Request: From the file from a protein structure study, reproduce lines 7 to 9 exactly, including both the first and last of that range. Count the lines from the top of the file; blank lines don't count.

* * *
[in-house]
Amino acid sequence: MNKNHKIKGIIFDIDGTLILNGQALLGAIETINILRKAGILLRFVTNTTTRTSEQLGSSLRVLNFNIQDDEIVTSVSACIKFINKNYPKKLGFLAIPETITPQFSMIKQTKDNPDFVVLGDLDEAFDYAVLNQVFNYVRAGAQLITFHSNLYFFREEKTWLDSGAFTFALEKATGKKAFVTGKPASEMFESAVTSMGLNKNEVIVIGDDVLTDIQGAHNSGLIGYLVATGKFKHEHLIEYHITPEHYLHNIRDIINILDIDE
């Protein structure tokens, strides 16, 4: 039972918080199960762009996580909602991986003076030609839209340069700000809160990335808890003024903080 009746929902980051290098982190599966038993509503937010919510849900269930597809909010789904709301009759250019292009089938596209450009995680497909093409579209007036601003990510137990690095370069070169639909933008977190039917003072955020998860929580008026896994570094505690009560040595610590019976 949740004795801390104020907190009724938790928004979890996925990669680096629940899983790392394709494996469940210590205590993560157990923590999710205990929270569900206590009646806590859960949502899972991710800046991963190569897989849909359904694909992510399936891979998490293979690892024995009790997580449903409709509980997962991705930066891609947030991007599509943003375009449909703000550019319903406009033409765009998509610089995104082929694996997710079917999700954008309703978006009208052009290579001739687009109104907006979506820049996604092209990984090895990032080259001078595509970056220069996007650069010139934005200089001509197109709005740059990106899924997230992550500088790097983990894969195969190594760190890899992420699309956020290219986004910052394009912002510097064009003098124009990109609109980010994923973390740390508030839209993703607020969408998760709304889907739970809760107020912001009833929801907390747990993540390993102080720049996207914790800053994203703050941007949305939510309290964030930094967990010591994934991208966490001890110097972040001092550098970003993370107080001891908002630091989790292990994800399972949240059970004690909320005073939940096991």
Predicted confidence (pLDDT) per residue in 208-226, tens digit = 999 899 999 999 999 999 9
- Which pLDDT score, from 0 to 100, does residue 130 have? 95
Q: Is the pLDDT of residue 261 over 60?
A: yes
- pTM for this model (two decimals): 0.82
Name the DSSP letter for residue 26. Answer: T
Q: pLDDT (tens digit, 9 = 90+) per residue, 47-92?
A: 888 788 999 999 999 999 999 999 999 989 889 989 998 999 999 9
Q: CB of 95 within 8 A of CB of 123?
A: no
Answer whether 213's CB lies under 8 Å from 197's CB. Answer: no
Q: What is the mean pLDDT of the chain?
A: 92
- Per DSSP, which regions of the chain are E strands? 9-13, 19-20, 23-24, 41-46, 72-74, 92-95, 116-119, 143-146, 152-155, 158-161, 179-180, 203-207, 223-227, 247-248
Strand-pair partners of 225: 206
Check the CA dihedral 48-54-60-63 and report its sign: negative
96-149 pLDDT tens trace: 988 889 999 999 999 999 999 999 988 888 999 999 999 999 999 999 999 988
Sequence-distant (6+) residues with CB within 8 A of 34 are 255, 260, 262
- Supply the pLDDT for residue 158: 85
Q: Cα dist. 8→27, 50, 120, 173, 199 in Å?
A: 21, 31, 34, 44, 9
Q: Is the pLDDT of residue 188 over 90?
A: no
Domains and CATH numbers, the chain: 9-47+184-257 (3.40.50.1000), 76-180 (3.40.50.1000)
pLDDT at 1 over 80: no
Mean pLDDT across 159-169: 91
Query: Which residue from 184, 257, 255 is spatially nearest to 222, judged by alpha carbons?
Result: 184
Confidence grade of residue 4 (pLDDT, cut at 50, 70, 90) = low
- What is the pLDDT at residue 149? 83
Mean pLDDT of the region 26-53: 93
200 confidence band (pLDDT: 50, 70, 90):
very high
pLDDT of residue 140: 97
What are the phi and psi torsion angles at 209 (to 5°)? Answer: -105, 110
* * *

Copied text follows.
A: yes
- pTM for this model (two decimals): 0.82
Name the DSSP letter for residue 26. Answer: T